At Gen Con this evening, I got to spectate as Schlock Mercenary webcomic artist Howard Tayler and several other players took part in a playtest/demonstration session of the upcoming Planet Mercenary RPG. This RPG, financed by Kickstarter, lets players run a band of mercenaries adventuring in the universe of Schlock Mercenary. It was a lot of fun to watch; I can’t wait until it’s available to everyone sometime next year.
After the game, Howard and his wife Sandra were talking with the players and spectators, and the question came up of when the next Schlock Mercenary comic collection would be available as a PDF e-book. (Howard discussed these e-book editions when I interviewed him for TeleRead a few years ago.) The Taylers explained that, at the moment, the e-books were in limbo, because of the new VAT MOSS requirements.
As we discussed in the podcast interview with Diane Duane, the new EU VAT MOSS law went into effect at the beginning of this year, changing VAT on digital goods from being charged based on the location of the seller to being charged based on the location of the buyer (so that Amazon could no longer get away with charging everyone Luxembourg’s low VAT rates). This meant that even US stores that sold to anyone in Europe would now have to track the buyer’s location in order to charge the appropriate amount of VAT, and keep records. (We quoted a series of tweets from Howard Tayler discussing the matter last year.)
The thing is, the Schlock Mercenary e-commerce system is not set up to track location until after a purchase has been made. Hence, at the moment, the e-book category on the Schlock shop is completely empty—they can’t sell to anyone in an EU country without violating the law, and they can’t tell if someone is from Europe before they close the sale. Therefore, they can’t sell them to anyone right now. (The first four Schlock PDFs are still available from Baen, however; presumably Baen has better methods of location authentication.)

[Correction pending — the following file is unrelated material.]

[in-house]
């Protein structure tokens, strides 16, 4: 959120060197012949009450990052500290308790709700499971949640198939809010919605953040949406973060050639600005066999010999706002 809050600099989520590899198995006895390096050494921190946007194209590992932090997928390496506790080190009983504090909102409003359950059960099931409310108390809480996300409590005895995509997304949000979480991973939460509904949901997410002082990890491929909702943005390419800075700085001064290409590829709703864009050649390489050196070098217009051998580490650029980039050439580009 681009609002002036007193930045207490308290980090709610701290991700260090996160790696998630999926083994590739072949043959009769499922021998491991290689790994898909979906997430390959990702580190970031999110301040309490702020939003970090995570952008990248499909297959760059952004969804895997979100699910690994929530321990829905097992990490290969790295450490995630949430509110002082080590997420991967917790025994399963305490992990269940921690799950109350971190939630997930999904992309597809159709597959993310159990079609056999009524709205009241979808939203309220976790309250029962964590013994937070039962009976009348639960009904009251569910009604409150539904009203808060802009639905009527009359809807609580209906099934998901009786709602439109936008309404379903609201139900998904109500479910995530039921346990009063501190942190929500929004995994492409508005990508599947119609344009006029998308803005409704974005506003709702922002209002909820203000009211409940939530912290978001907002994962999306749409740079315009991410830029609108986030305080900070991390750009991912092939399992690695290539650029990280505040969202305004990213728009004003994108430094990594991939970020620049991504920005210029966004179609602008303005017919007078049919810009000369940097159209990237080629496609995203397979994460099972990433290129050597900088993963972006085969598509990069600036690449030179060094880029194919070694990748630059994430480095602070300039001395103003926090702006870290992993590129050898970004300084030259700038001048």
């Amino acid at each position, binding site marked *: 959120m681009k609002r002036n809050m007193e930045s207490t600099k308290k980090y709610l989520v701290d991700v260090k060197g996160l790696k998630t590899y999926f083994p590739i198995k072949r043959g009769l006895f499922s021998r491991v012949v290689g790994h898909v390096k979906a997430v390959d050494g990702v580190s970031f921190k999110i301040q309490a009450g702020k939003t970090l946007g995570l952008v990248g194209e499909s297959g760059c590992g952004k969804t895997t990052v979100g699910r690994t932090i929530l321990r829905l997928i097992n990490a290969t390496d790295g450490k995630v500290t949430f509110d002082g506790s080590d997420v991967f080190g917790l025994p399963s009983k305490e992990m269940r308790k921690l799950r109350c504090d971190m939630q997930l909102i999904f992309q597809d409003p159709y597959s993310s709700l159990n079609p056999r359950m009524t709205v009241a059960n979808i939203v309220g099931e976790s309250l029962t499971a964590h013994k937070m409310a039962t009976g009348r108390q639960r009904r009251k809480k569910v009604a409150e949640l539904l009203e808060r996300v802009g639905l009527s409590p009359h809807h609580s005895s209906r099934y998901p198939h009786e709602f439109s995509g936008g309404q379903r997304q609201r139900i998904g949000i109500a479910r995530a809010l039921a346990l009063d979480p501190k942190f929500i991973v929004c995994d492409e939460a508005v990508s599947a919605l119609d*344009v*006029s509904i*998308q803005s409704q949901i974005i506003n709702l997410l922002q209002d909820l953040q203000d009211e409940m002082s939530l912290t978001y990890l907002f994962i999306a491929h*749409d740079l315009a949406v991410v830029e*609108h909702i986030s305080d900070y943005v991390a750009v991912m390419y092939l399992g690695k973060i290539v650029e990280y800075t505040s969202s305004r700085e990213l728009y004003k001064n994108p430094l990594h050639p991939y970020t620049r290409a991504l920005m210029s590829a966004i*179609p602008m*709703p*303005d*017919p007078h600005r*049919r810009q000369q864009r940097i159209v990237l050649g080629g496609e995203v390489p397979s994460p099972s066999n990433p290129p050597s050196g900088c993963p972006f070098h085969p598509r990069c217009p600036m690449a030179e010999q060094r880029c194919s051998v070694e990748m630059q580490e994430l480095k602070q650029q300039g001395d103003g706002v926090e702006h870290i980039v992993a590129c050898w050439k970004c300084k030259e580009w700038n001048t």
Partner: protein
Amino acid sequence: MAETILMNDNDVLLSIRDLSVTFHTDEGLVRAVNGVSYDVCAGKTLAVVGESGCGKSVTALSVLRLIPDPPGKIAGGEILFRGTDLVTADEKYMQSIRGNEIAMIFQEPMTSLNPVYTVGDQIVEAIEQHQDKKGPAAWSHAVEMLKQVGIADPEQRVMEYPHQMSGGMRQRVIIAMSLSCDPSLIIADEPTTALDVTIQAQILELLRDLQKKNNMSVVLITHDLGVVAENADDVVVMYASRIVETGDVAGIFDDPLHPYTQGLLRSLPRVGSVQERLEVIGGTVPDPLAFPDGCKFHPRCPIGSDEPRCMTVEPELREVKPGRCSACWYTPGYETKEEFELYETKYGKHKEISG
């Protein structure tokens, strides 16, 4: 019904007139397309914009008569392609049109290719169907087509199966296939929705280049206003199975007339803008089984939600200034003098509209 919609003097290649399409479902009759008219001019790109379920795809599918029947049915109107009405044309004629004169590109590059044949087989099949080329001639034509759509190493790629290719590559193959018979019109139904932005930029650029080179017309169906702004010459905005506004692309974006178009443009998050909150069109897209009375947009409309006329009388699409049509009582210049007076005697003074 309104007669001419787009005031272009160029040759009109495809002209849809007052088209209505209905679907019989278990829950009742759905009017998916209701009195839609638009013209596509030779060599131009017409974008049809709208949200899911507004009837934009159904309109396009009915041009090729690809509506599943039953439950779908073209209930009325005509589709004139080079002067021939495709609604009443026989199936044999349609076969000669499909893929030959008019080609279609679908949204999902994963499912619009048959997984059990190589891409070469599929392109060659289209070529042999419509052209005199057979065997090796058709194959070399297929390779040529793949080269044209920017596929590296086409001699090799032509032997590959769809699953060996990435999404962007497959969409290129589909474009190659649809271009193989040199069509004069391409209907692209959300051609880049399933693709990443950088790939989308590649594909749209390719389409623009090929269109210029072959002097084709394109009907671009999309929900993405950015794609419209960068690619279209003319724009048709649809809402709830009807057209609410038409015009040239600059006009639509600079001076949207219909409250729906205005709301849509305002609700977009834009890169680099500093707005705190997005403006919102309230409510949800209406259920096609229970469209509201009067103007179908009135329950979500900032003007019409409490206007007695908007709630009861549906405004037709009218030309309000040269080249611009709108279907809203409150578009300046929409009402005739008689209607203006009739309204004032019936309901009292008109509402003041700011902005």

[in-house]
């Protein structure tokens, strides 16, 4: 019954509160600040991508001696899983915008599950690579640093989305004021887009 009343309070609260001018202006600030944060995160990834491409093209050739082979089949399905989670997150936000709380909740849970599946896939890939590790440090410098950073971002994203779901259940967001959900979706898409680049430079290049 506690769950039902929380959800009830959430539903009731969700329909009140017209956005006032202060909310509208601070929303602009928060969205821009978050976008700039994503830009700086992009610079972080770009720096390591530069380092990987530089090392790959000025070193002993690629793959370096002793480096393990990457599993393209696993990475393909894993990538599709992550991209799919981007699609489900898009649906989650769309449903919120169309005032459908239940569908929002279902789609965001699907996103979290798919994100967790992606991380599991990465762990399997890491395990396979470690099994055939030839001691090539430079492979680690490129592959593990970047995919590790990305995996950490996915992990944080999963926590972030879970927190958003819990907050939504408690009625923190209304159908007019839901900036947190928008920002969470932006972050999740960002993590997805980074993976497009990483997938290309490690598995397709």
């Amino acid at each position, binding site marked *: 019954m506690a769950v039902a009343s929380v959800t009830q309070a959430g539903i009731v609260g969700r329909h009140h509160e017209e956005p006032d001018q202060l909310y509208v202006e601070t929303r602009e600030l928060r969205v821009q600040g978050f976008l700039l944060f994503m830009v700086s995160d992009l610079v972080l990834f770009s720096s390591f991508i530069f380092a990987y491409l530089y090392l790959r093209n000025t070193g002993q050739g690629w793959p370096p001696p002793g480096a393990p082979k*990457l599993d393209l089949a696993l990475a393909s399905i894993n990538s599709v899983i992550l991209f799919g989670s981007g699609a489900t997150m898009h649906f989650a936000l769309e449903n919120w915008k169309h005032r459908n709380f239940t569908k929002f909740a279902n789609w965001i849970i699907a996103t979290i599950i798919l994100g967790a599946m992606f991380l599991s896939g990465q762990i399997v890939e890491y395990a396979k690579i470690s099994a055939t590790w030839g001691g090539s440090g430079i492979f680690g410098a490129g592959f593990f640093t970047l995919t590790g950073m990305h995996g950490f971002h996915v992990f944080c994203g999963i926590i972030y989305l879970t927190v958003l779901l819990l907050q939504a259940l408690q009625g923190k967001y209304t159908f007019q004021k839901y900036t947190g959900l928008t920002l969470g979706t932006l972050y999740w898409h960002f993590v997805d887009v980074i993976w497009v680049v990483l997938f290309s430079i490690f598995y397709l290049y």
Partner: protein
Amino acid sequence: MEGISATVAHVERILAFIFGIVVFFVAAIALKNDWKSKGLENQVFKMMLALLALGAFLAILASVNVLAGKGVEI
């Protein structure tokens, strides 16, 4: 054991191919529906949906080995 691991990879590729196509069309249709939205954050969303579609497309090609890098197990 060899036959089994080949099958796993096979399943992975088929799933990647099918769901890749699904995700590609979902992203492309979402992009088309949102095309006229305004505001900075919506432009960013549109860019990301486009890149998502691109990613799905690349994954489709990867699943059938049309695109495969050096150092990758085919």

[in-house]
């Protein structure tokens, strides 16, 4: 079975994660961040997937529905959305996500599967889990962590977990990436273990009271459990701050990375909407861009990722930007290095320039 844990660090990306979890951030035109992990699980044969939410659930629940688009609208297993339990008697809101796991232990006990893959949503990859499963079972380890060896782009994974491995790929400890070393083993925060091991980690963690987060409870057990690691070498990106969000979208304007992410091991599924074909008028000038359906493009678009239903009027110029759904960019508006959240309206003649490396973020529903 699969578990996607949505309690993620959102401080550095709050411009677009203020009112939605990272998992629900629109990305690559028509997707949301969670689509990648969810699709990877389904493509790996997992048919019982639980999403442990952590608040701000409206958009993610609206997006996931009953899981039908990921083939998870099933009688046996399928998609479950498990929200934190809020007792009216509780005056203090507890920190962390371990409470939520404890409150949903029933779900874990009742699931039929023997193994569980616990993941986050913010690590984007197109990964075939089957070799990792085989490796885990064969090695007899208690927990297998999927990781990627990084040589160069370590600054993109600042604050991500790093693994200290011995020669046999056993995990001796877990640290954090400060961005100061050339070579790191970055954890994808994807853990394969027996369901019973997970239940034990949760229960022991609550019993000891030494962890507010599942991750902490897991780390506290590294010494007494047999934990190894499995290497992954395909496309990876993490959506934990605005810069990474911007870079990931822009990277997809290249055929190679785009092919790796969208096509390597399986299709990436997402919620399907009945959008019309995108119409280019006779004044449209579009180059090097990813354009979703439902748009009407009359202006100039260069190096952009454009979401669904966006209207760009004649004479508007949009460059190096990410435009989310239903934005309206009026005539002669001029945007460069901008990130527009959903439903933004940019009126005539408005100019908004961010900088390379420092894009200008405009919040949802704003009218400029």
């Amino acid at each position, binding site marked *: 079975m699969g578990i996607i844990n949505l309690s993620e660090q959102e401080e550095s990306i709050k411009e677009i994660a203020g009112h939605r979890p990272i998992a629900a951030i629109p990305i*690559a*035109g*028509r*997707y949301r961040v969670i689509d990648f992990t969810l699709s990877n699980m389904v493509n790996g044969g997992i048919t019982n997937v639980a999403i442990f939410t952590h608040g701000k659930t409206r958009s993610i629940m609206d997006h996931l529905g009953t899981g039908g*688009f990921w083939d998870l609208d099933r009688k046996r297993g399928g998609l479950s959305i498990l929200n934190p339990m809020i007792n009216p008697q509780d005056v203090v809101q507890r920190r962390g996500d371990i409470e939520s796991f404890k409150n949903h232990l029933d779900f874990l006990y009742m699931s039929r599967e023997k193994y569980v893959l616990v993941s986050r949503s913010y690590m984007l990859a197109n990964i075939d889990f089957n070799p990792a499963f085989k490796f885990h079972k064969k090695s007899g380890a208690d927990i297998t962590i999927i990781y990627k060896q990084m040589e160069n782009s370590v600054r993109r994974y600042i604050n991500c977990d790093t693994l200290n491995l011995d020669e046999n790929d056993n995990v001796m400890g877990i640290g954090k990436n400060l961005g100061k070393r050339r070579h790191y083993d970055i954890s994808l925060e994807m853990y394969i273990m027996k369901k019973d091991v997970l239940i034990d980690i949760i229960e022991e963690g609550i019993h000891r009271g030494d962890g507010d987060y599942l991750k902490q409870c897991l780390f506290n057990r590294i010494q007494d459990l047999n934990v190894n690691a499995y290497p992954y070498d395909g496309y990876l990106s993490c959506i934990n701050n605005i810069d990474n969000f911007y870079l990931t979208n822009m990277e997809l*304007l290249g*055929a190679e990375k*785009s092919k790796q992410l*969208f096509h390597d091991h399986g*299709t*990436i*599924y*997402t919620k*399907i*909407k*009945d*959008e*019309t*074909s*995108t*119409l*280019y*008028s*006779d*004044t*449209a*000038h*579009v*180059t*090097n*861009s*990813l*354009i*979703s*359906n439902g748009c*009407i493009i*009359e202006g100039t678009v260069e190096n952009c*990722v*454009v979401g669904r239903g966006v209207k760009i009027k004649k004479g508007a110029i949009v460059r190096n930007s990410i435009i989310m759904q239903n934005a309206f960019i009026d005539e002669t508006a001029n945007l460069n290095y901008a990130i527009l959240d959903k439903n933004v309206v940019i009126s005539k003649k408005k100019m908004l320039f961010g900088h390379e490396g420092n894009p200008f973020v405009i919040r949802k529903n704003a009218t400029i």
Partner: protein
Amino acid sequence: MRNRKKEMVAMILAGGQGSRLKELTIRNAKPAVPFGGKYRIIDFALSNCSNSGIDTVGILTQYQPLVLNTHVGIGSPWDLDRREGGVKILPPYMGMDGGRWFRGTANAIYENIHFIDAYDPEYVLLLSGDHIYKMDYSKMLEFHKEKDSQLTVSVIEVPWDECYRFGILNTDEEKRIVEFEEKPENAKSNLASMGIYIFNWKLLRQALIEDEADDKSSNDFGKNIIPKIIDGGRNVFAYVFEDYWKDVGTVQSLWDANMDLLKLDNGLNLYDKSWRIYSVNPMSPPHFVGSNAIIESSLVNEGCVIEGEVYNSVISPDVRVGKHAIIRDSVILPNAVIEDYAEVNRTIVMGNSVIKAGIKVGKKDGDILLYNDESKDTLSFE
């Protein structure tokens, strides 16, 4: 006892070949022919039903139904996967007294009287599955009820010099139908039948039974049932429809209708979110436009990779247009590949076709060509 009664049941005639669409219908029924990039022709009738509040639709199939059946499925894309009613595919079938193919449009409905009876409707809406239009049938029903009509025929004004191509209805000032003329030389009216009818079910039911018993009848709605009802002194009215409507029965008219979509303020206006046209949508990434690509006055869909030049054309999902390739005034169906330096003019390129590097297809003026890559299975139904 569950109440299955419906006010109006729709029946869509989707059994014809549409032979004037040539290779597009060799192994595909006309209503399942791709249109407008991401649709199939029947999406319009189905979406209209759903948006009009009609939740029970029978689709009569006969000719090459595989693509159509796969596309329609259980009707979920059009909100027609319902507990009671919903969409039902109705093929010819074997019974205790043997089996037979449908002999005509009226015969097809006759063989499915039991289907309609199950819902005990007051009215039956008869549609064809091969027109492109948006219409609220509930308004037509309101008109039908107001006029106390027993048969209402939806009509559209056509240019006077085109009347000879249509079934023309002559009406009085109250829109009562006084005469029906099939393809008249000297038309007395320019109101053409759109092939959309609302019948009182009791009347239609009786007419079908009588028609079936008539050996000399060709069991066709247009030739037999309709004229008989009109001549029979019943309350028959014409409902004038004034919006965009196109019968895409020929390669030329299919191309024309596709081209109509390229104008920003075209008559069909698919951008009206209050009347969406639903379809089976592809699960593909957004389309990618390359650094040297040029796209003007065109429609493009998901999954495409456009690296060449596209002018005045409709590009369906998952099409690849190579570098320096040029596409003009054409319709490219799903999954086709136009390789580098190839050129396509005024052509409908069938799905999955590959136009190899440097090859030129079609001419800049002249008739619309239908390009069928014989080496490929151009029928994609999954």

Diane Duane could simply have her accountant VAT-register her store, but she’s in Ireland where the accountants have plenty of expertise with the VAT system. Not all American accountants are that familiar with it—and that’s leaving aside the issue of the incompatible software.
Of course, they could simply switch the store over to new software, and put in the time and effort to figure out how to readjust their store to track the required VATs—but they’ve got plenty of other stuff on their plates right now (a comic to draw, another strip collection book to finish, an RPG to design). And given that the VAT laws are expected to change again next year, it makes more sense to hold off until things are more settled so they don’t have to waste extra time changing everything up twice.
I wonder how many other small e-book stores in the US and elsewhere have had to stop doing business with Europe or even shut down altogether because they simply can’t afford to deal with the new VAT bureaucracy?
I don’t understand. Why does an American have to bother?
I was under the impression that national laws end at national borders. Is there some treaty obligation I am not aware of?
It does seem questionable exactly how much enforcement power EU will have over US businesses—but when you’re in business, the wise thing to do is cover the contingencies, not just hope nobody bothers with you and they don’t have a way to enforce it if they do.
This is utterly ridiculous. Most e-retailers can’t tell where someone is located and European VAT BS doesn’t seem to be stopping them from selling. On line sales tax collection is already virtually impossible to enforce…Europe trying to do the same overseas would be even harder.
Most people who let this sort of thing get in the way of their business are usually just trying to make some sort of political point instead of just realizing that many laws are either unenforceable or selectively enforced. If illegality can’t stop pot from being sold in Colorado then it shouldn’t stop e-books.